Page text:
India’s Foreign Policy Dimensions

One of the major dimensions of India’s foreign policy is to amplify its weight in the global governance scenario and emerge eventually as a policymaker in the international perspective. Under that wisdom, India’s civil nuclear programme with the then US president George W Bush’s administration was much for producing electricity as well as about redefining the country’s position on the global non-proliferation regime. However, the US support to India’s bid for a permanent seat in the UN Security Council, can be best described as elusive. 

The US, instead, wants to test whether the country is a responsible stakeholder as regards negotiations on several issues ranging from international trade to climate change. From the Indian standpoint, these US benchmarks are undeniably self-serving and expressed by the latest intellectual rationale by a narcissist Washington. While India is ready to engage itself on such issues and take part more comprehensively in world decision-making bodies as per its own realisable self interest, it highly dispenses taking tests from anyone, even if it’s the all-powerful US. 

Another major foreign policy objective of the country involves strengthening the factors which are critical for India to become a credible power, both on the global and regional stage. Such an intention would comprise maintaining the current high rate of economic growth, consolidating the advantages in the knowledge industries, extending skills and education to the younger population and modernising its security agencies and armed forces.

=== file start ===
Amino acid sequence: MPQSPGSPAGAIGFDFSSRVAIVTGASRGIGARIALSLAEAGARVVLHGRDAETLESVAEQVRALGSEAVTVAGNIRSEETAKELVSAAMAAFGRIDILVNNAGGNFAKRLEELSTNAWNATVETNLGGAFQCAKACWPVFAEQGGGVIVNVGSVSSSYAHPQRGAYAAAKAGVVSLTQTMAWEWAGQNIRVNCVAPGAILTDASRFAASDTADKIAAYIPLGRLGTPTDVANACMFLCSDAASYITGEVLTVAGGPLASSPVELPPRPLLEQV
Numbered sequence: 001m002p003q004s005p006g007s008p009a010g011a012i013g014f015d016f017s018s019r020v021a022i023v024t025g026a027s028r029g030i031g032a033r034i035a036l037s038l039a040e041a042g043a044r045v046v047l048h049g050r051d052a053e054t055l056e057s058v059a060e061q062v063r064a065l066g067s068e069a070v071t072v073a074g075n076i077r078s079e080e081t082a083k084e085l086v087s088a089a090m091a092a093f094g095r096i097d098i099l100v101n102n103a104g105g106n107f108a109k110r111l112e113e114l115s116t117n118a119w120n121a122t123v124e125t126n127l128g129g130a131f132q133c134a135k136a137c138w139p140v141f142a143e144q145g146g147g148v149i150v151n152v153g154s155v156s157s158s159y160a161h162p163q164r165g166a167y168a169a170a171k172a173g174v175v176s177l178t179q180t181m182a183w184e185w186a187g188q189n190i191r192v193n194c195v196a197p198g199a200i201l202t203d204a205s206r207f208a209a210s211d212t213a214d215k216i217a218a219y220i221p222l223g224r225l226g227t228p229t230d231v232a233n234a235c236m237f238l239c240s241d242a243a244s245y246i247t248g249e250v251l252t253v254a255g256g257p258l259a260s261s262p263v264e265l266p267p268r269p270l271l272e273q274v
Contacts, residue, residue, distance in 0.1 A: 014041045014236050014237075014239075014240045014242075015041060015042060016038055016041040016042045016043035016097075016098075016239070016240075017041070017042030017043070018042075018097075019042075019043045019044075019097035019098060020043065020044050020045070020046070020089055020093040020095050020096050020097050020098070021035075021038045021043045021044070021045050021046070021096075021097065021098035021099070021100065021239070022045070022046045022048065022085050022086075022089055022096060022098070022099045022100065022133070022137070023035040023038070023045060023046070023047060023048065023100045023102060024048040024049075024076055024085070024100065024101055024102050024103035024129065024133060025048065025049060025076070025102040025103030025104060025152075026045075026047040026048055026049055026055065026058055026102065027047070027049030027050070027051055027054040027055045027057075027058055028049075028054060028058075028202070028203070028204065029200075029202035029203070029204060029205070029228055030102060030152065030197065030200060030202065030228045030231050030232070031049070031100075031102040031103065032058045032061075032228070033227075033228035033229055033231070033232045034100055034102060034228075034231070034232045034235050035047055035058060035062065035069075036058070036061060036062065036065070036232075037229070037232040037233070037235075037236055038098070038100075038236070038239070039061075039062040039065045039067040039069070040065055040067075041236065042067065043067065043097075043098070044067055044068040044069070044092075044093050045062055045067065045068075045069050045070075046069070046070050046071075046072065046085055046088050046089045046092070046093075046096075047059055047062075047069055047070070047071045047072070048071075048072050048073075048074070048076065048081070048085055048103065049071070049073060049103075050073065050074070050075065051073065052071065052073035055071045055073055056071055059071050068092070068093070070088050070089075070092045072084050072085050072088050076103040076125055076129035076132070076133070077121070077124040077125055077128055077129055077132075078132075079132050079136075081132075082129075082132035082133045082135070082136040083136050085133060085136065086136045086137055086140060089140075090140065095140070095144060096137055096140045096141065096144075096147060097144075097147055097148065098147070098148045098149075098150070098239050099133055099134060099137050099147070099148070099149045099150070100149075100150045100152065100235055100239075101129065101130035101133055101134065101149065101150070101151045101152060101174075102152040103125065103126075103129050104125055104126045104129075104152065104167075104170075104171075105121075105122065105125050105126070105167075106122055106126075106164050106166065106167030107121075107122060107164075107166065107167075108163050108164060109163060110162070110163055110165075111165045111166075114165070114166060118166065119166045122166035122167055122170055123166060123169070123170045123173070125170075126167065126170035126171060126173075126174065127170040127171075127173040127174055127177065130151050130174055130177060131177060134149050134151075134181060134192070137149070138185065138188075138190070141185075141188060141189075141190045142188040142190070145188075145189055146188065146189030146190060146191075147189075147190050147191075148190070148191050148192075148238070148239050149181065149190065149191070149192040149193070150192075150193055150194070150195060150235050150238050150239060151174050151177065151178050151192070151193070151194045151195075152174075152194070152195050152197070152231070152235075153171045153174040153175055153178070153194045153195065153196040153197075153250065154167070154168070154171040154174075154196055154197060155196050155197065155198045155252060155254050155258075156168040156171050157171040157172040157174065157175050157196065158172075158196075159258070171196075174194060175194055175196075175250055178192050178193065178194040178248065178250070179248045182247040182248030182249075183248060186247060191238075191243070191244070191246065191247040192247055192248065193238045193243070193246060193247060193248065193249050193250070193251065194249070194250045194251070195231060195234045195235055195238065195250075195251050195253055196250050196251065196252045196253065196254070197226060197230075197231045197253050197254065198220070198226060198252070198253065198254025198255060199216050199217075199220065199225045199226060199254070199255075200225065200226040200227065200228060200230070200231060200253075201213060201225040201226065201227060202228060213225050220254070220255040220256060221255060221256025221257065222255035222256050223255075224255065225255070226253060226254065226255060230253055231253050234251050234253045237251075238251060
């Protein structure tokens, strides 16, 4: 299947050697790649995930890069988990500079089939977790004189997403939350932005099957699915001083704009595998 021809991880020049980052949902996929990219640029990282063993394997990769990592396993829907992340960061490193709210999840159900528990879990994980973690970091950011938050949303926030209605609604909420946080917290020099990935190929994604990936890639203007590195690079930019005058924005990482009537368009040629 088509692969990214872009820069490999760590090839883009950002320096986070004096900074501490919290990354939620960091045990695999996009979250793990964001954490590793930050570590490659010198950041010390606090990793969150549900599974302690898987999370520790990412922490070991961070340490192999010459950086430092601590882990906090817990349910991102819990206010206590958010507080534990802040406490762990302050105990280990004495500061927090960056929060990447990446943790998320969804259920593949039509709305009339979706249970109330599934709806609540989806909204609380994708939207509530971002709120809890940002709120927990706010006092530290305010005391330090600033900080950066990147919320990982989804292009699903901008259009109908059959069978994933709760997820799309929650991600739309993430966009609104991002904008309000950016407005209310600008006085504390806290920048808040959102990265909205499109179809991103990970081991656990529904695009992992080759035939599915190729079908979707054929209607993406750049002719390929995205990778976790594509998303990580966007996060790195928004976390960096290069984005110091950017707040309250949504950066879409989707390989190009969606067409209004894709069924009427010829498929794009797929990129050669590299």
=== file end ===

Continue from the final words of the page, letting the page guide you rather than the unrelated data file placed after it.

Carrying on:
It needs no mention that on both the above fronts, New Delhi would require a more open and deeper cooperation with Washington via integration of the latter’s advanced technology sectors, liberalisation of trade, opening of the Indian education apparatus to American community colleges and varsities, US investments in Indian defence industry and the American expertise for upgrading the Indian intelligence gathering, sharing and processing. New Delhi has already engaged itself with Washington as regards these fronts. However, the results remain far below potential but encouraging nevertheless. 

Above anything else, the US has to recognise that it’s dealing with a more assertive India. The country, for long, saw itself as a knee-weak and developing nation, unwilling to loosen its colonial shackles. Only in the recent years, India has begun inching away from its previous emphasis on the chimera of a “strategic autonomy” for focussing its own role for shaping the global and more specifically the global environment. 

Even in the recent past, the country’s internal characteristic as a liberalised democracy was in conflict with the external image of a leader of global South pitted against the West. But a rising India, equipped with thriving entrepreneurial capitalism, expanding global interests and robust democracy, is all set to acquire a fresh identity as an advocate of a liberal international order. 

It needs to be seen whether the Barack Obama administration seizes this moment. The US president has already made his point, but it’s not clear whether his mandarins in the administration are ready to acknowledge the rise of India. That’s likely to require a jump into the unknown coupled with a historic overhaul of the international power hierarchy.

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